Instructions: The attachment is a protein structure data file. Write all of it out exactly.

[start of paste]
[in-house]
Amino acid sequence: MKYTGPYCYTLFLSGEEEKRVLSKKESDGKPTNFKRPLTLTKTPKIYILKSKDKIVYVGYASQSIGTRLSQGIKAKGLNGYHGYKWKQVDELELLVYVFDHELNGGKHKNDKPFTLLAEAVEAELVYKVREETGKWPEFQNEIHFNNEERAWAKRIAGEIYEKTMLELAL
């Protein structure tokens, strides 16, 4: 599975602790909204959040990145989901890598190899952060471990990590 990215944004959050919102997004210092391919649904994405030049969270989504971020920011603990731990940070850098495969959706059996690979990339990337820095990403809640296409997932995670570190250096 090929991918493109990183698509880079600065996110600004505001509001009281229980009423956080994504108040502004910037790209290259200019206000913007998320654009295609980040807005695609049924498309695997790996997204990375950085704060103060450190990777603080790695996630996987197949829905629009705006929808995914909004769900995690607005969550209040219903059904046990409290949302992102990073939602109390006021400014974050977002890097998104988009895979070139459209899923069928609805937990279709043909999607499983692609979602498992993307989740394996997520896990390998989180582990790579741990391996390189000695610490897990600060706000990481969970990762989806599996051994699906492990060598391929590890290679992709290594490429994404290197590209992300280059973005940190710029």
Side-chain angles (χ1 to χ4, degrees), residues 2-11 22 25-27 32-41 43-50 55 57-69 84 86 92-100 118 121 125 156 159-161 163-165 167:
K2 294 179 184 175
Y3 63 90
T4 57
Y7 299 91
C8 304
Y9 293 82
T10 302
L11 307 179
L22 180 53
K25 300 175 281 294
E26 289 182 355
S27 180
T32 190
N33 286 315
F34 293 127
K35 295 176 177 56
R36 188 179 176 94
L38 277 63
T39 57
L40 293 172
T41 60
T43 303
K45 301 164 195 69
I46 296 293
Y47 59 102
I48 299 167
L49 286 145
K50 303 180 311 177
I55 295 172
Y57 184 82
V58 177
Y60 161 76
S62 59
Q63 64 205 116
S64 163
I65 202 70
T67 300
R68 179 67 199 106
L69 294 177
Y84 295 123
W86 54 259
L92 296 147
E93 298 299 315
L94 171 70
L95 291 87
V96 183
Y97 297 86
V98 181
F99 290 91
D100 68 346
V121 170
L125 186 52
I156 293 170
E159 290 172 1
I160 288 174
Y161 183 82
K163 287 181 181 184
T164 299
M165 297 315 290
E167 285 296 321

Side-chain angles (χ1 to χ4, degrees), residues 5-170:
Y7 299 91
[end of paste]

[in-house]
Amino acid sequence: MKYTGPYCYTLFLSGEEEKRVLSKKESDGKPTNFKRPLTLTKTPKIYILKSKDKIVYVGYASQSIGTRLSQGIKAKGLNGYHGYKWKQVDELELLVYVFDHELNGGKHKNDKPFTLLAEAVEAELVYKVREETGKWPEFQNEIHFNNEERAWAKRIAGEIYEKTMLELAL
């Protein structure tokens, strides 16, 4: 599975602790909204959040990145989901890598190899952060471990990590 990215944004959050919102997004210092391919649904994405030049969270989504971020920011603990731990940070850098495969959706059996690979990339990337820095990403809640296409997932995670570190250096 090929991918493109990183698509880079600065996110600004505001509001009281229980009423956080994504108040502004910037790209290259200019206000913007998320654009295609980040807005695609049924498309695997790996997204990375950085704060103060450190990777603080790695996630996987197949829905629009705006929808995914909004769900995690607005969550209040219903059904046990409290949302992102990073939602109390006021400014974050977002890097998104988009895979070139459209899923069928609805937990279709043909999607499983692609979602498992993307989740394996997520896990390998989180582990790579741990391996390189000695610490897990600060706000990481969970990762989806599996051994699906492990060598391929590890290679992709290594490429994404290197590209992300280059973005940190710029």
Side-chain angles (χ1 to χ4, degrees), residues 2-11 22 25-27 32-41 43-50 55 57-69 84 86 92-100 118 121 125 156 159-161 163-165 167:
K2 294 179 184 175
Y3 63 90
T4 57
Y7 299 91
C8 304
Y9 293 82
T10 302
L11 307 179
L22 180 53
K25 300 175 281 294
E26 289 182 355
S27 180
T32 190
N33 286 315
F34 293 127
K35 295 176 177 56
R36 188 179 176 94
L38 277 63
T39 57
L40 293 172
T41 60
T43 303
K45 301 164 195 69
I46 296 293
Y47 59 102
I48 299 167
L49 286 145
K50 303 180 311 177
I55 295 172
Y57 184 82
V58 177
Y60 161 76
S62 59
Q63 64 205 116
S64 163
I65 202 70
T67 300
R68 179 67 199 106
L69 294 177
Y84 295 123
W86 54 259
L92 296 147
E93 298 299 315
L94 171 70
L95 291 87
V96 183
Y97 297 86
V98 181
F99 290 91
D100 68 346
V121 170
L125 186 52
I156 293 170
E159 290 172 1
I160 288 174
Y161 183 82
K163 287 181 181 184
T164 299
M165 297 315 290
E167 285 296 321

Side-chain angles (χ1 to χ4, degrees), residues 5-170:
Y7 299 91